The setting of Moo Moo Cabaret is extremely simple, along Highway 4, essentially a small stage, a few sofas, chairs at the side, and a bar attached. Surprisingly, the prices of drinks are about the same as that at most bars and restaurants in the area.




Our Similan tour guide on the speed boat was one of the main dancers, a highly talented performer.



Whitney Houston, one of the highly entertaining 'briefing' staff and guide on another boat, was just as amazing.



Together they performed a high energy Whitney Houston duet, " I will always love you".


Dancers of several nations were represented, including Balinese dancers.  



And Chinese, Japanese and Spanish dancers. 



The colourful, energetic and memorable performance lasted about 2 hours. 



At the end, our "Similan tour guide - Moo Moo dancer" came up, hands folded, thanked us for our support and escorted us into a taxi. We got off at NTBR1. I asked how much, and the taxi driver said 150B. I was amazed. In the excitement of it all, I had forgotten to negotiate a price beforehand, which is the accepted practice in many countries, and at tourist destinations, particularly after midnight, where rather arbitrary 'night charges' are often imposed. The positive attitude deserved a tip. Maybe that's small town Thailand for you, not yet corrupted. We hope it stays that way.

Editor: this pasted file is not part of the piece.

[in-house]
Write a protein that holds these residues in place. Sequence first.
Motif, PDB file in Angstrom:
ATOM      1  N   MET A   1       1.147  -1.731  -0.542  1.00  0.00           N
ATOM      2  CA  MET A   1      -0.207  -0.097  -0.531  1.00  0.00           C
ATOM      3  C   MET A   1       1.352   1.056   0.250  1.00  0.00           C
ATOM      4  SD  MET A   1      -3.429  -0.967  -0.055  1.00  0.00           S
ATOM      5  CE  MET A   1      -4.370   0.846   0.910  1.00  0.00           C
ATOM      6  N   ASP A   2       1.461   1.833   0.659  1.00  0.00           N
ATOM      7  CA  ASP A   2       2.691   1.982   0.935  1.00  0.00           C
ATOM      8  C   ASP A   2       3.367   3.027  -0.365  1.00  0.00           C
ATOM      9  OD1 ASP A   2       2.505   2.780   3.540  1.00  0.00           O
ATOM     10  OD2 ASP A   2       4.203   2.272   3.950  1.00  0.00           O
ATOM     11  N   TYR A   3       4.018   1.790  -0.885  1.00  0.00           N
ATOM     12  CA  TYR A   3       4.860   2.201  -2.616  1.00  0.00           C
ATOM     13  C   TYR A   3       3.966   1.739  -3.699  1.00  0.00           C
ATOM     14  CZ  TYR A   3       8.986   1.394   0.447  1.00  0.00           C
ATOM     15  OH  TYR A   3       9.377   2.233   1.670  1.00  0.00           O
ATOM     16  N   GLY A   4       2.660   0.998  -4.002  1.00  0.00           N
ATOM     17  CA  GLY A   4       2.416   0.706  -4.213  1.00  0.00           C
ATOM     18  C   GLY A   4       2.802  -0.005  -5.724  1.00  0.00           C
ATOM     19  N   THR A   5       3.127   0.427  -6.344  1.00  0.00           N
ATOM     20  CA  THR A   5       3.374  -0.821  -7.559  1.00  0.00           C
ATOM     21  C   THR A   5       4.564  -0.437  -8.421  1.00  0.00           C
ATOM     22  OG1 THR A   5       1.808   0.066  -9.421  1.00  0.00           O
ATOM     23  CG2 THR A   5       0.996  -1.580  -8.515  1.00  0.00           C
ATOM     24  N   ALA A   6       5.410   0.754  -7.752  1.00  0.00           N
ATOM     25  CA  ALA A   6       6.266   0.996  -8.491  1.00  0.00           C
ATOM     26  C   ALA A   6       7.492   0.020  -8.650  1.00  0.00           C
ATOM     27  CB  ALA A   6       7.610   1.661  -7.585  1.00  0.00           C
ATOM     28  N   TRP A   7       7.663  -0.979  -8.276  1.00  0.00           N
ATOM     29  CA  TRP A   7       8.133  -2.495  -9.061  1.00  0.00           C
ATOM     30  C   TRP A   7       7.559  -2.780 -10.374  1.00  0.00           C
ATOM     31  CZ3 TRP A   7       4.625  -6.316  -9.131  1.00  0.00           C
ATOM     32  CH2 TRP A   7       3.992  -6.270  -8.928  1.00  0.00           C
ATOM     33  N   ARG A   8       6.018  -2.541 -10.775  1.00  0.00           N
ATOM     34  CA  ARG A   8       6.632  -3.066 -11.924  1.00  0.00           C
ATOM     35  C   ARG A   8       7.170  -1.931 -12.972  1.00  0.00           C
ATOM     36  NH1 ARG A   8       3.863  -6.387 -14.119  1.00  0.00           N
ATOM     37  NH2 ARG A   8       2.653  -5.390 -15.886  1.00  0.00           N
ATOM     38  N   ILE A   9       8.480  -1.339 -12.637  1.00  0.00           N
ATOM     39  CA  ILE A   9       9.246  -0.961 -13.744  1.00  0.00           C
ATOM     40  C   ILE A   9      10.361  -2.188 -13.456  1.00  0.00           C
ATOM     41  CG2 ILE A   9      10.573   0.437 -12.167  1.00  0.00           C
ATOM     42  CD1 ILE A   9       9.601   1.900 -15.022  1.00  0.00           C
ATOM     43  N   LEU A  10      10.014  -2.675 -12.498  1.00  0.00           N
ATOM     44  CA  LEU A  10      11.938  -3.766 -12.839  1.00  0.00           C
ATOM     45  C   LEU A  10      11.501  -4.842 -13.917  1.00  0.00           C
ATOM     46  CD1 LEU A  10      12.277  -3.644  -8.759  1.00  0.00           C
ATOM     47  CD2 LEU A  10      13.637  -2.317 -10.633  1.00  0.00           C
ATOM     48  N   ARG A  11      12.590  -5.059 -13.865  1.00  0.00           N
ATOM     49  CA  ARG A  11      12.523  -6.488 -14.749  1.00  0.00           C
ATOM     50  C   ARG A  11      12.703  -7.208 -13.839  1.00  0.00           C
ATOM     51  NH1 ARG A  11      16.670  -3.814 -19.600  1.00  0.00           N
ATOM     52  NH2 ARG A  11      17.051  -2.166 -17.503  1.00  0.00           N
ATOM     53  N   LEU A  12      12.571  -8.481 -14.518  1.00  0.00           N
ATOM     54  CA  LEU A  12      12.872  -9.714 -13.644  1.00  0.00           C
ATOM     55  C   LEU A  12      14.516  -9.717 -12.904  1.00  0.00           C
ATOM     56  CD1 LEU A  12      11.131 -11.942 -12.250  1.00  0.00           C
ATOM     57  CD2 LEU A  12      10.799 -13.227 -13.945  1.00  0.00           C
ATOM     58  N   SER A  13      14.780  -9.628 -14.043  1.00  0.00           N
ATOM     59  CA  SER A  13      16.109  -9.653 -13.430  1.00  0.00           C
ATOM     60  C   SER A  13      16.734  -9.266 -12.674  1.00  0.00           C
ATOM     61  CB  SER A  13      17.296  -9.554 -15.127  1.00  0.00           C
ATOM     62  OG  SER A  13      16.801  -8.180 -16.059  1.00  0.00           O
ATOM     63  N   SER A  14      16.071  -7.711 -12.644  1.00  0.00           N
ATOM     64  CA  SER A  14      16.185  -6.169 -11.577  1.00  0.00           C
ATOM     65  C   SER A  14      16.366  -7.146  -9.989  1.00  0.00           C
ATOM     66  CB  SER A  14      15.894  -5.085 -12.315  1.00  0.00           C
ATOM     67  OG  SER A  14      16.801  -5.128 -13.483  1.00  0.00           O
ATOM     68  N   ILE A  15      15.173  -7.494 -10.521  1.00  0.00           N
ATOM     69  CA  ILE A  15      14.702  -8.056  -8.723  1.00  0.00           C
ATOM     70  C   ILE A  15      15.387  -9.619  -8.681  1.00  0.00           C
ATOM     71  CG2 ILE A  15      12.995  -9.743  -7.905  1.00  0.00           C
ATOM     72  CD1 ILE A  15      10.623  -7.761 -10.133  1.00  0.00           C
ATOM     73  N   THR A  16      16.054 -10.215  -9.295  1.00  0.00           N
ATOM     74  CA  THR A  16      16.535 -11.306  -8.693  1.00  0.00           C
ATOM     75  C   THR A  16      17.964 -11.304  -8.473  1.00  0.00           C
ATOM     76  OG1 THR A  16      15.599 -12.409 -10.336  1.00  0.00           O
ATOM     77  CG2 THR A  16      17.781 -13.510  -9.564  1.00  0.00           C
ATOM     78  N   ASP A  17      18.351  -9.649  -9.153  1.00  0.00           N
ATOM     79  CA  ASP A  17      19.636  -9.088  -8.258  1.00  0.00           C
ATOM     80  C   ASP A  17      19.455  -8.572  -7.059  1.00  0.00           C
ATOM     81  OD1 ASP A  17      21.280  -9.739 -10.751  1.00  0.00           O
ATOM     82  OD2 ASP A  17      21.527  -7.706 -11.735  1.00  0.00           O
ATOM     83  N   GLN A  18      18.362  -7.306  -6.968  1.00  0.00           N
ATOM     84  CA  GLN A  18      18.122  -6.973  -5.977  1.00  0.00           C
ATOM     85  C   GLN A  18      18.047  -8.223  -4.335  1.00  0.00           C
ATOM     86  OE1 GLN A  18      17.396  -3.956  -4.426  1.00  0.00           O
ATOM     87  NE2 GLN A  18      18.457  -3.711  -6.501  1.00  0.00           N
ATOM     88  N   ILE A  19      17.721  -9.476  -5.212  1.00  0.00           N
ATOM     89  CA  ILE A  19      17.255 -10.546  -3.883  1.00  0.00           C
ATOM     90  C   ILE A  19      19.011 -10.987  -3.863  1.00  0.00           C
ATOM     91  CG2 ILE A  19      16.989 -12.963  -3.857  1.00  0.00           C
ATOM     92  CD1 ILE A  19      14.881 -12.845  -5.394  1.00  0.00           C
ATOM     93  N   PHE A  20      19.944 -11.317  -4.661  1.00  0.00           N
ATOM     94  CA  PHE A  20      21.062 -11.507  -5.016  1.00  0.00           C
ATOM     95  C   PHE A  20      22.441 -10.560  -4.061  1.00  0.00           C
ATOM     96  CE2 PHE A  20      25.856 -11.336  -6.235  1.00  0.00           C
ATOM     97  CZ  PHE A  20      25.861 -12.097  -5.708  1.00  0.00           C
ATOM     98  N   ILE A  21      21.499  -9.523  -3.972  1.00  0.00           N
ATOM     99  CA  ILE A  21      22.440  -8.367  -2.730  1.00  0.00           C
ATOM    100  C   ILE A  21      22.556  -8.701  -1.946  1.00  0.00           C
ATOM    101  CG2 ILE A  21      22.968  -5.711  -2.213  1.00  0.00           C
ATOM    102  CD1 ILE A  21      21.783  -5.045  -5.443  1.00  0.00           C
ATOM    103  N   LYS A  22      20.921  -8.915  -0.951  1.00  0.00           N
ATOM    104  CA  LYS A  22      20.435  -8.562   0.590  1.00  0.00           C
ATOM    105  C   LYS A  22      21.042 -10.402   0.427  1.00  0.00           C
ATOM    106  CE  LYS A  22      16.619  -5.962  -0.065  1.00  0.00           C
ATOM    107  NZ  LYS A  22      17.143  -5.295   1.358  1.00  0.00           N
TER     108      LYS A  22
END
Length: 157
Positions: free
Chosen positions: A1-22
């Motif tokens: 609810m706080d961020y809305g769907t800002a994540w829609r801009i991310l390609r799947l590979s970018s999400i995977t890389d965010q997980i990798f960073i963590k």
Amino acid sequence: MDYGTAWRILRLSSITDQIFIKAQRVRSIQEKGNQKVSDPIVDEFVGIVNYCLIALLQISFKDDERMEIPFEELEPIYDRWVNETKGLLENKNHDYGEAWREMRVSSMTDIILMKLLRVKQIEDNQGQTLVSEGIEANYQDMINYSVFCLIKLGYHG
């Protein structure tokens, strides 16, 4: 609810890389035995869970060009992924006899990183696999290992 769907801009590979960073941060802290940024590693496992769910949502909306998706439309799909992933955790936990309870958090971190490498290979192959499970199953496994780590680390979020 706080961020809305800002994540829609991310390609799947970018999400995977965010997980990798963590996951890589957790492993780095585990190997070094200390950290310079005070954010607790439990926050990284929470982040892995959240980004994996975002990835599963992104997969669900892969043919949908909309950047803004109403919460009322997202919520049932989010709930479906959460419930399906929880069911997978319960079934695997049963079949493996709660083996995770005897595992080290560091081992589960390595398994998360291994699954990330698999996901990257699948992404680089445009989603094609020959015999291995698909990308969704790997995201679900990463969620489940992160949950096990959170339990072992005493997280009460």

Acknowledgement: Most photos (C) Junior.

-=-= April 7, 2012 -=-=

Related posts:


Khao Lak:
http://feni-and-amok.blogspot.in/2012/04/khao-lak-slice-of-heaven.html

A glimpse of Menus and Food in Khao Lak:
http://feni-and-amok.blogspot.in/2012/04/thailand-menus-khao-lak.html

Chiang Rai - quaint gateway
http://feni-and-amok.blogspot.in/2012/04/chiang-rai-quaint-gateway.html

Guest House, Mae Kok, Rafting and the Hill Tribes
http://feni-and-amok.blogspot.in/2012/04/guest-house-mae-kok-rafting-and-hill.html

Songkran in Bangkok (without a raincoat)
http://feni-and-amok.blogspot.in/2012/04/songkran-in-bangkok-without-raincoat.html


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2 comments:

  1. Yayy Similan♥!

    And wow....great pictures!

    moo moo cabaret is such a stunning show.

    thanks for this xxx !

    ReplyDelete